Marijuana legalization: What a long, strange trip it has been
The marijuana industry did not turn out as social activists imagined it, writes Seattle Times columnist Bruce Ramsey.
Times editorial columnist
Muraco Kyashna-Tocha started the Green Buddha marijuana dispensary in an unlabeled Seattle storefront in 2008. In 2009, she applied for a business license. In 2010, she began paying taxes and, in 2012, she passed a tax audit.
She says, “And I expect to shut in April 2014” when the stores for the public are open for business.
Cannabis is a new industry. Change is organic, not predictable and not over.
Green Buddha is a collective, a counterculture of volunteers. The early dispensaries were of that sort; they didn’t have to be efficient and mostly weren’t. The later places were proprietorships, and more businesslike.
“Hippies don’t make good business people,” Kyashna-Tocha says, with a chuckle. The next step, she suggests, will be the Initiative 502 stores sweeping the dispensaries away. Since last November, she says, wholesale prices on Craigslist have dropped 25 percent.
I compare what has happened to a King County Bar Association conference in December 2005 called “Exit Strategy for the War on Drugs.” The talk there was for legal marijuana with no brand names, no promotion and no private sale. Organizer Roger Goodman (now a state representative, D-Kirkland) said he thought it had been a mistake after Prohibition to allow branded alcoholic drinks.
Jeff Haley of the Drug Policy Foundation of Washington suggested that cannabis be sold by state employees. In a show of hands, three-quarters of the attendees supported “profit controls.”
That was the vision, but how to achieve it? Only one state legislator attended the conference, über-liberal Sen. Adam Kline, D-Seattle.
Things changed. In 2010, a group called Sensible Washington almost collected enough signatures for a statewide initiative to repeal all marijuana laws for those over 18. In California, a legalization measure took 46 percent of the statewide vote. Dispensaries began coming into the open, first in California and then here.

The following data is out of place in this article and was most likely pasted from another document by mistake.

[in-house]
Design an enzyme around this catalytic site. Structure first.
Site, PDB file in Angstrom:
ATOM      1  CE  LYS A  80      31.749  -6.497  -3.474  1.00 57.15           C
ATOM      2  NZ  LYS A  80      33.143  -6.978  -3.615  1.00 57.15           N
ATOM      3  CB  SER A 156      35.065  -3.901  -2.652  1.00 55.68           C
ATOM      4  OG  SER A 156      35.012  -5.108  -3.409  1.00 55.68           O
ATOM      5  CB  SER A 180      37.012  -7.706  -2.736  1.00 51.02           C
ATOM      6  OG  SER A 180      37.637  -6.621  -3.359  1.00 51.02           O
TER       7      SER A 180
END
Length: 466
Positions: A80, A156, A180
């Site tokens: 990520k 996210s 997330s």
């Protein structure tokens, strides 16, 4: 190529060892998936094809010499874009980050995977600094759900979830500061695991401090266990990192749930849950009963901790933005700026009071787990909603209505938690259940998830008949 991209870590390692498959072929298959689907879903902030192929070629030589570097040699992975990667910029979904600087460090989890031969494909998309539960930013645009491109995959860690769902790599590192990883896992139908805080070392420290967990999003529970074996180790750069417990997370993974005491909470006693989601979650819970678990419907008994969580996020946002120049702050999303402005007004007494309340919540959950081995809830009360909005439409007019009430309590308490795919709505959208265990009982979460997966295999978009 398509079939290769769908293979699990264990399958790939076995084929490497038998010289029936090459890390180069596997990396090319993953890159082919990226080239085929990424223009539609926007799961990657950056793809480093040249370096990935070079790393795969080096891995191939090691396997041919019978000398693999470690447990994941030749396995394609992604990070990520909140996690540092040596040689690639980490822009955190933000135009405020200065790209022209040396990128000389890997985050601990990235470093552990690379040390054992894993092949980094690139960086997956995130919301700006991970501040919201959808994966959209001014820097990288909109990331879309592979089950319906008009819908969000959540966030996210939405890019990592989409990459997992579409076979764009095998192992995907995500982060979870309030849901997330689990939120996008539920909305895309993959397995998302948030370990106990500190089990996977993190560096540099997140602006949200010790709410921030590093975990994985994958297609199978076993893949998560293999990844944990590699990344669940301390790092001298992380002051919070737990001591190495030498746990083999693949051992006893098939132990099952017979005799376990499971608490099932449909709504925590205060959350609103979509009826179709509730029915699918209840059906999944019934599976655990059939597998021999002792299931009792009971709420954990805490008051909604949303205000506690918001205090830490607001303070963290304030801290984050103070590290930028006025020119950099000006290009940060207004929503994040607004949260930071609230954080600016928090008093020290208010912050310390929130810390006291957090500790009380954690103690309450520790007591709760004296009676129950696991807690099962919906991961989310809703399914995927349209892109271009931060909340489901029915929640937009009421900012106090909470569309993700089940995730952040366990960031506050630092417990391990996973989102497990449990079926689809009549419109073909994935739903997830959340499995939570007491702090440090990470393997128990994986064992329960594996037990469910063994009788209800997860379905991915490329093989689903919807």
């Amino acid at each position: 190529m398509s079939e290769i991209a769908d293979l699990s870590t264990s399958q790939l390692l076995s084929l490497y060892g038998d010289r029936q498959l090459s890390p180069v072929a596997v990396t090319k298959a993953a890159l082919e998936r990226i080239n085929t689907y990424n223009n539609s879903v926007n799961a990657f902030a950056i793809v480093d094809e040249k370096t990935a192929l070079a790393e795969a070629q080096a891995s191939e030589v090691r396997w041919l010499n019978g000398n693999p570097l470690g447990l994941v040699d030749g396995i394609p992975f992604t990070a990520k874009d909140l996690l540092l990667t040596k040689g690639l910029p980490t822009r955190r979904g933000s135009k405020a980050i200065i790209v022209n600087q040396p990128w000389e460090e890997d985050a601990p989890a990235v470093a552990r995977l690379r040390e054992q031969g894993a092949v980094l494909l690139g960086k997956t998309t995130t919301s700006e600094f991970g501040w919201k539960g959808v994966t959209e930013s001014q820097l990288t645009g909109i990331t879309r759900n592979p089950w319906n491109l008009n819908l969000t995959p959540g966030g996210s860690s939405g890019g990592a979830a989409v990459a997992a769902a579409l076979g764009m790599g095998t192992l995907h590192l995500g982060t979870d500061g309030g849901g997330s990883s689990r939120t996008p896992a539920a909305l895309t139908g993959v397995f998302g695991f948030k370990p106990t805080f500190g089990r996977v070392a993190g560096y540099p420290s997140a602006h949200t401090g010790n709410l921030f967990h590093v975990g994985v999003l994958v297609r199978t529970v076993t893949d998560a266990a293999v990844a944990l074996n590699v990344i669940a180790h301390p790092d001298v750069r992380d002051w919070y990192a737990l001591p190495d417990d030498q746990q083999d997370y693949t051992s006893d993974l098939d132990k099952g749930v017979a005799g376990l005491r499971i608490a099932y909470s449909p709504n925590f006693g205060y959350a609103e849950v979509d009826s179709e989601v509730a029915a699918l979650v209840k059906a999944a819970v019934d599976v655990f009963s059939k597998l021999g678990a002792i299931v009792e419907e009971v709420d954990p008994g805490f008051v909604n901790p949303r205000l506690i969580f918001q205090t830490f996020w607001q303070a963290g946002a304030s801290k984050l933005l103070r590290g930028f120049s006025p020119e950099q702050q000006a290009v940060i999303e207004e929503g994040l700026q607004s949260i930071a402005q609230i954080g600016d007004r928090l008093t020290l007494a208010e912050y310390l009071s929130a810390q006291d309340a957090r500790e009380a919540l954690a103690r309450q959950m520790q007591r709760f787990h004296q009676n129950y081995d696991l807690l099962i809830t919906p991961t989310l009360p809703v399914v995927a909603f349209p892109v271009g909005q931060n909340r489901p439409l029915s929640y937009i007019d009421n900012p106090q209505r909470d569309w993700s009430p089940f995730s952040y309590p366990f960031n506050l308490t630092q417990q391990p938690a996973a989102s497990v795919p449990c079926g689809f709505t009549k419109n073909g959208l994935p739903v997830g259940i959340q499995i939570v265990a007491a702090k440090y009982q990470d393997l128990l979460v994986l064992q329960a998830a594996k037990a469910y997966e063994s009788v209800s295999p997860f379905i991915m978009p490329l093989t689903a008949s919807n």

In January 2011, Sen. Jeanne Kohl-Welles, D-Seattle, introduced a bill to license private growers for the medical market. In February, The Seattle Times came out for adult legalization.
“In the spring of 2011 it was as if a toggle switch had flipped,” says Alison Holcomb of the American Civil Liberties Union of Washington. “The debate had turned from ‘whether’ to ‘when.’ ”
That summer, Gov. Chris Gregoire vetoed most of Kohl-Welles’ bill because of a federal threat to arrest state employees. Reformers took the message: Bypass the Legislature. Use the initiative process, but propose a setup that would be politically defensible.
Under Initiative 502, the state would regulate product quality, labels, signs, store windows and the minimum age of customers. But cannabis would be privately grown and sold. Holcomb led the fight for 502, which was approved in 2012 by 55.7 percent of voters.
The political balance changed. Our Democratic governor and attorney general, who had been against 502 as candidates, began to defend it.
A new industry opens. The old-timers, who think of it as theirs, want to stay in. Says Seattle attorney Hilary Bricken of Harris & Moure, “I hope they have an appetite for regulation.”
Change continues. Will “Big Marijuana” take over? (That may be a problem for the Obama administration.) Will the rule against stores within 1,000 feet of schools, playgrounds, etc., hold? (It’s a problem in Seattle.) Will the DUI limit of 5 nanograms of THC per milliliter of whole blood work out? (Colorado has adopted a version of it.) Should Washington promote marijuana tourism?
Colorado is. Bricken noted that Denver is making much of its moniker, “The Mile High City.”
Hey. We’re the Evergreen State.
“These names,” she said. “It’s like somebody knew.”
But they didn’t. Nobody knew.
Bruce Ramsey's column appears regularly on editorial pages of The Times. His email address is email@example.com